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ACLU releases report calling death penalty a 'broken system'; DA offers rebuttal

Relatives of murder victims spoke out to support efforts to repeal death penalty. But a local DA said the death penalty has its uses.

DENVER — Four women sit together in a room at ACLU Colorado sharing a bond with each other they wish they never had.

"My brother was a Denver Police officer who was murdered 22 years ago," said Gail Rice, Bruce VanderJagt's sister.

"Hello, my name is Alice Randolph and I'm here today representing my son, Loren Collins who was murdered on Quincy and Buckley in Aurora," Randolph said.

"My name is Arlis Keller and one of my brothers Dwight Tobyne was murdered 10 years ago just before this past Thanksgiving," Keller said.

"My name is Linda Burks-Brown and my brother Willie Frazier was murdered in 2005," Burks-Brown said.

They are all survivors who came out to support the report released by the Colorado chapter of the American Civil Liberties Union titled, "Ending a Broken System: Colorado's Expensive, Ineffective, and Unjust Death Penalty."

"My greatest motivation I think is the violation of my Christian faith," Rice said.

Keller said she believes the death penalty does not provide solace.

"It does not help people come to terms with the murder," Keller said.

Randolph said the death penalty and its appeals process are difficult for the victim's family.

"When you're looking at an appeal that's coming up, you do have to relive it," Randolph said.

Trauma to the victims' families are a thread through the ACLU report. 

But 18th Judicial District Attorney George Brauchler said he refutes that.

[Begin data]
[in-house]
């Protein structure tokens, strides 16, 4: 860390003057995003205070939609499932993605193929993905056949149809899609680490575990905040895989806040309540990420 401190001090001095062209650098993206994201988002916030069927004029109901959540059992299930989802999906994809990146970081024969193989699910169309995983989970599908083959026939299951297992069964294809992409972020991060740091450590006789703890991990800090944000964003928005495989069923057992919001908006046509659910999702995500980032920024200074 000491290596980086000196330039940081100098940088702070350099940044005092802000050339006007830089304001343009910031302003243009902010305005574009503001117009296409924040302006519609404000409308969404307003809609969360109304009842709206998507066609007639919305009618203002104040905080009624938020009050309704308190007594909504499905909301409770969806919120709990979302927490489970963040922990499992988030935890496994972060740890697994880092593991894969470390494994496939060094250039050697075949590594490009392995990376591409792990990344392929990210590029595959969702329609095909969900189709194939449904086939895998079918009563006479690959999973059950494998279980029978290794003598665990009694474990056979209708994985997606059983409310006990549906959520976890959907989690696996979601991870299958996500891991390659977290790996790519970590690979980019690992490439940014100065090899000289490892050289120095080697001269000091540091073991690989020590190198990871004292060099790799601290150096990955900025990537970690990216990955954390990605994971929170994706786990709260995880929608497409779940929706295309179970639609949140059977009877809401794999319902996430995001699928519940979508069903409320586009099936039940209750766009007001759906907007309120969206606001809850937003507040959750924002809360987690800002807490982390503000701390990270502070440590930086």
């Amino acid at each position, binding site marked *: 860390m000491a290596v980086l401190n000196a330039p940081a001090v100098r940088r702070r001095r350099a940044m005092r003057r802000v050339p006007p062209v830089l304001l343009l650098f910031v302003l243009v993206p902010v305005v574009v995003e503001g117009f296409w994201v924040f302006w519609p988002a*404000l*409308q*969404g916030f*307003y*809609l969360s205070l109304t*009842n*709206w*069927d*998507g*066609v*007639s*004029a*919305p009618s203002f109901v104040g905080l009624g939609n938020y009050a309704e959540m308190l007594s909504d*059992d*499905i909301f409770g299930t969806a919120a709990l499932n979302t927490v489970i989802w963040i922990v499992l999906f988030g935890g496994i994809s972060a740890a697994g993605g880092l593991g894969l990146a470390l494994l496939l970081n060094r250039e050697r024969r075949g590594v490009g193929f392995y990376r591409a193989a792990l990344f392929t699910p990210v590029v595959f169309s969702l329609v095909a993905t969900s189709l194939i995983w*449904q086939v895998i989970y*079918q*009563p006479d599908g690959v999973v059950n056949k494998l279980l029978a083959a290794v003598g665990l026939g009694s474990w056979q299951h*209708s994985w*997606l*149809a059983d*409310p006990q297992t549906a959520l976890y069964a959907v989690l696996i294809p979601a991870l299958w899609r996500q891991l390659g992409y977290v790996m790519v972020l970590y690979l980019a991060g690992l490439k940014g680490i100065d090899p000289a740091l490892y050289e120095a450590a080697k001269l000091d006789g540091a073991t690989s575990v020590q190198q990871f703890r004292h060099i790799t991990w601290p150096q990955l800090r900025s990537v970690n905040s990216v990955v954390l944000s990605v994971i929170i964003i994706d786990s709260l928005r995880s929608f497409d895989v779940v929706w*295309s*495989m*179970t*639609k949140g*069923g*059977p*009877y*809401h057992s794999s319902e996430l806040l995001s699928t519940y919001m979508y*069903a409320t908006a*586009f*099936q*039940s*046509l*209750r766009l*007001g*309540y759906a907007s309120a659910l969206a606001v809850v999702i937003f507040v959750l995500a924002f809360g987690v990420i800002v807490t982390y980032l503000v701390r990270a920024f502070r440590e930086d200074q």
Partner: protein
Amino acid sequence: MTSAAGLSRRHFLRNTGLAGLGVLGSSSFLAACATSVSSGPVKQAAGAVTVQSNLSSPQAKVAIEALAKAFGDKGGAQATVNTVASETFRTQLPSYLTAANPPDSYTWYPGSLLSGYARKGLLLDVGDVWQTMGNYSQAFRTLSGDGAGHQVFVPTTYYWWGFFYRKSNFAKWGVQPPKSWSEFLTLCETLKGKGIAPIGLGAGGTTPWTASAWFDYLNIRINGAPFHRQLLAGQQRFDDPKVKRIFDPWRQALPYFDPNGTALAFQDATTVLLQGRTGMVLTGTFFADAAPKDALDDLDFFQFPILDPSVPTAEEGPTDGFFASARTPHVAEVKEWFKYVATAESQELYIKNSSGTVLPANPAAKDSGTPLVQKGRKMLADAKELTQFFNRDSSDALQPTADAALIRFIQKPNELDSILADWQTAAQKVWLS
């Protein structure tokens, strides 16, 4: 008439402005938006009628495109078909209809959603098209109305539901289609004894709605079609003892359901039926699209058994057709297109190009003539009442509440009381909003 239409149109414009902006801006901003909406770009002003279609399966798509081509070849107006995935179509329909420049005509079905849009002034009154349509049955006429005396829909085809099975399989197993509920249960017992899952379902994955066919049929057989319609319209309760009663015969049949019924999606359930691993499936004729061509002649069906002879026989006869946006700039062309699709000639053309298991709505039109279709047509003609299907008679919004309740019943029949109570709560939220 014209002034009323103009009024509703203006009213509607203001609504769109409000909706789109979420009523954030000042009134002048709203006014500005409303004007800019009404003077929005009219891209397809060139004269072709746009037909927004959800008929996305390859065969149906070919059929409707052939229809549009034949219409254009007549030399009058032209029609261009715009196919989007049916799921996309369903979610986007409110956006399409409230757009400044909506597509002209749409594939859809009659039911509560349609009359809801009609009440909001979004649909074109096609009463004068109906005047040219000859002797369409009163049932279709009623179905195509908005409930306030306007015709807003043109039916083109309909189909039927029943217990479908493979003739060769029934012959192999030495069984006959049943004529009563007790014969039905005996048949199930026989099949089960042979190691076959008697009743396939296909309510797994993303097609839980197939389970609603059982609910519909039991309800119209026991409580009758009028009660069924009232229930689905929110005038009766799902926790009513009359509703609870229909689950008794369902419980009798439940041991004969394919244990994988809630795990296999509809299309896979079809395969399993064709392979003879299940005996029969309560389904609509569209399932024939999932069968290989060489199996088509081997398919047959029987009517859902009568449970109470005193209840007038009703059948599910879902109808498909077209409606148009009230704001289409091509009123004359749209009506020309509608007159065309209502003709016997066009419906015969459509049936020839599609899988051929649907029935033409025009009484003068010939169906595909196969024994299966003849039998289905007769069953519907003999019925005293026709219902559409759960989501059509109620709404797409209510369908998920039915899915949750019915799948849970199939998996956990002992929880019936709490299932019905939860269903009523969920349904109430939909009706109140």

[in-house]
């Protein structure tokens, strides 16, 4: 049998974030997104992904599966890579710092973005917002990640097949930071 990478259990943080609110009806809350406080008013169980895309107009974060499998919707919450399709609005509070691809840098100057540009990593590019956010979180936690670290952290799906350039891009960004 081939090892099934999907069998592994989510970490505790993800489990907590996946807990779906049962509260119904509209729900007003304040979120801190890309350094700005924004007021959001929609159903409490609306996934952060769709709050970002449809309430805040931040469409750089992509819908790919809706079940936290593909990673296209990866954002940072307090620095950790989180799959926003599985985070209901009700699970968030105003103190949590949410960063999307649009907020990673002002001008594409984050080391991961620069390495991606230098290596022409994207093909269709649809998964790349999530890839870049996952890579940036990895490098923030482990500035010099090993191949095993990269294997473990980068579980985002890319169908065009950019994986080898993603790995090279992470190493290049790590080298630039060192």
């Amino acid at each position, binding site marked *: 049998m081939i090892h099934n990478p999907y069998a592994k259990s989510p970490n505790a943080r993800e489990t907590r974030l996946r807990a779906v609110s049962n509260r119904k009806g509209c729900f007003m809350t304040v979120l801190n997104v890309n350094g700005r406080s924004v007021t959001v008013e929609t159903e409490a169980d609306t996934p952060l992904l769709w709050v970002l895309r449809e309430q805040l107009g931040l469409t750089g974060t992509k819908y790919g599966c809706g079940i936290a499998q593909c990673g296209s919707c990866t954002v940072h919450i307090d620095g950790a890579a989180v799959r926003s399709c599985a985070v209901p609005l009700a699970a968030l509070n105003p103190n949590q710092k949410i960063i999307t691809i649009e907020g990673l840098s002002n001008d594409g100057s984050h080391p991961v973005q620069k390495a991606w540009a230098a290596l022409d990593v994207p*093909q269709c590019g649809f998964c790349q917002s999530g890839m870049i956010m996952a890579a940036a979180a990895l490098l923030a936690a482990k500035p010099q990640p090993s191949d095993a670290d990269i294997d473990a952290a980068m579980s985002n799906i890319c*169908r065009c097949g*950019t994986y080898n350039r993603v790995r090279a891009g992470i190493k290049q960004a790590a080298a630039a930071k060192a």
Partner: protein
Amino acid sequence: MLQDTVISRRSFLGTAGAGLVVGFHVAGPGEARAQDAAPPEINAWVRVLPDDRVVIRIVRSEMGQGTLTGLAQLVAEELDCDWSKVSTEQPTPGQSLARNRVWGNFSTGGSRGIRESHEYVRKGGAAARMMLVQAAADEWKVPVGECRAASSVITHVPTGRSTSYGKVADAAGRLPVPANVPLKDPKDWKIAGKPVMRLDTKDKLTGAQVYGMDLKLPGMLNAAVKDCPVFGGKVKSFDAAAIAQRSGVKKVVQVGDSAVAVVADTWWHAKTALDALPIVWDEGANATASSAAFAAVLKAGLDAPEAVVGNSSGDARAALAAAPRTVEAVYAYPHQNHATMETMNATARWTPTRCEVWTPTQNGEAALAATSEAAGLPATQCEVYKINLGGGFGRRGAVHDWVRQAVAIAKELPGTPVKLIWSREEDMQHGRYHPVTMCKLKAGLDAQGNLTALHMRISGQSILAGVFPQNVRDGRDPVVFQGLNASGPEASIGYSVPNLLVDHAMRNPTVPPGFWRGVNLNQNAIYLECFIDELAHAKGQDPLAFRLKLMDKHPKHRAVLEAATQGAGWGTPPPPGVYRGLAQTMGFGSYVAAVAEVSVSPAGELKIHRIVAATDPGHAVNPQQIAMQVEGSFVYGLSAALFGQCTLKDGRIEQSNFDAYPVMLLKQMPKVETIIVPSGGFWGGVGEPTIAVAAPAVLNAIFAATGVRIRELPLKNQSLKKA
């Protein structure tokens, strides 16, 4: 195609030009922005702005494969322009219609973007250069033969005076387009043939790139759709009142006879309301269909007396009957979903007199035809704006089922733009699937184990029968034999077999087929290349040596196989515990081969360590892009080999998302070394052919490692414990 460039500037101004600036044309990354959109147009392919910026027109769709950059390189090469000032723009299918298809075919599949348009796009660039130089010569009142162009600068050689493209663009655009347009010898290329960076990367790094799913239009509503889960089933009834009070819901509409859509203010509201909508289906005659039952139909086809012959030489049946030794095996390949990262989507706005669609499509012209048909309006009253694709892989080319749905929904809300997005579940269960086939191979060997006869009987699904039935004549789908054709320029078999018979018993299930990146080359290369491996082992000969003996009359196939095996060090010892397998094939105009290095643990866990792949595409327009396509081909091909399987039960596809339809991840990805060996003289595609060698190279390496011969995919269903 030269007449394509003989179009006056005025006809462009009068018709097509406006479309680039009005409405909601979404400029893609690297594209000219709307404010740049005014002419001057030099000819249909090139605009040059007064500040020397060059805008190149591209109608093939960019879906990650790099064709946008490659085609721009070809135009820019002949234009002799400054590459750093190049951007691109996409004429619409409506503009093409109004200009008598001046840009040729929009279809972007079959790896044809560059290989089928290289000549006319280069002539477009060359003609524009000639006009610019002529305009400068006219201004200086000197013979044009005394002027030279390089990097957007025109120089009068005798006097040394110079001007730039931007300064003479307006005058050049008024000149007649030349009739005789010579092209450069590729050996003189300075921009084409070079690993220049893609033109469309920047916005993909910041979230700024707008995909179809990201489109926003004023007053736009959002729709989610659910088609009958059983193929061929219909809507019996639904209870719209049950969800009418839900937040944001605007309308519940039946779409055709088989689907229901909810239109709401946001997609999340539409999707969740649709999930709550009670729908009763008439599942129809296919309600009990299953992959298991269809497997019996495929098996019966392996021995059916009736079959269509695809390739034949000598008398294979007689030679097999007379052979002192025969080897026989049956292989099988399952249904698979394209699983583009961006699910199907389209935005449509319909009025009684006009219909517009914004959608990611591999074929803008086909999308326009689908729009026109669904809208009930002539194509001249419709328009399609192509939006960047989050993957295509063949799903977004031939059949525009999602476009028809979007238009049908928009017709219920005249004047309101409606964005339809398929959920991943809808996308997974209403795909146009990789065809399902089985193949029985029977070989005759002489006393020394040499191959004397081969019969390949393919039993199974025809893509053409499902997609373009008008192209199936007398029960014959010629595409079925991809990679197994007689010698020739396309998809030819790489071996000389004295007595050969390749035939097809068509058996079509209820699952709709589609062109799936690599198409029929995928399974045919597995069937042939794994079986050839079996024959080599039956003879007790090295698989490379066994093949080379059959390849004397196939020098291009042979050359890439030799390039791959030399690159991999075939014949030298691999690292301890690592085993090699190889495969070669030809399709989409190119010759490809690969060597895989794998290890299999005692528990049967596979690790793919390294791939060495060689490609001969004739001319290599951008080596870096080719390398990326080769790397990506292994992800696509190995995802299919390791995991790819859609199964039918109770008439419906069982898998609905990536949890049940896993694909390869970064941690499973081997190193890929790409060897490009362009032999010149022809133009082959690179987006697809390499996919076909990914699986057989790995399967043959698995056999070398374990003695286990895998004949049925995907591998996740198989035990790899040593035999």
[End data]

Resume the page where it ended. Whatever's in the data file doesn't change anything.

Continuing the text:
"I think that's only a handful of victims," Brauchler said. "That doesn't take into consideration all the other victims who want to see death for the cold-blooded murderer of their loved one."

Brauchler said eliminating the death penalty does not make society safer or more just.

"When you set the bar artificially low at life without parole, you take away the justice aspect for the worst of the worst offenders," Brauchler said.

Rice said there is no justice in the death penalty, either.

"There is no way in which the death penalty is any way restorative," Rice said.

The ACLU report argues that the death penalty is costly for taxpayers and does not act as an effective deterrent for criminals. Burks-Brown said life in prison is actually more effective.

"That is the worst type of punishment that anyone can have because your life is not yours any longer," Burks-Brown said.

Brauchler said the death penalty does have an impact, which actually saves some victims' families from enduring a trial at all.

"There are a significant number of huge cases that do not go to trial because the defendants plead guilty and get life without parole to avoid death," Brauchler said.

Legislators who plan to offer a bill to repeal the death penalty said they feel good about it passing this year based on the current makeup of the State Senate. 

Brauchler said he agrees that it will likely pass this year, but said this is an issue that should be placed on the ballot to be decided by voters.

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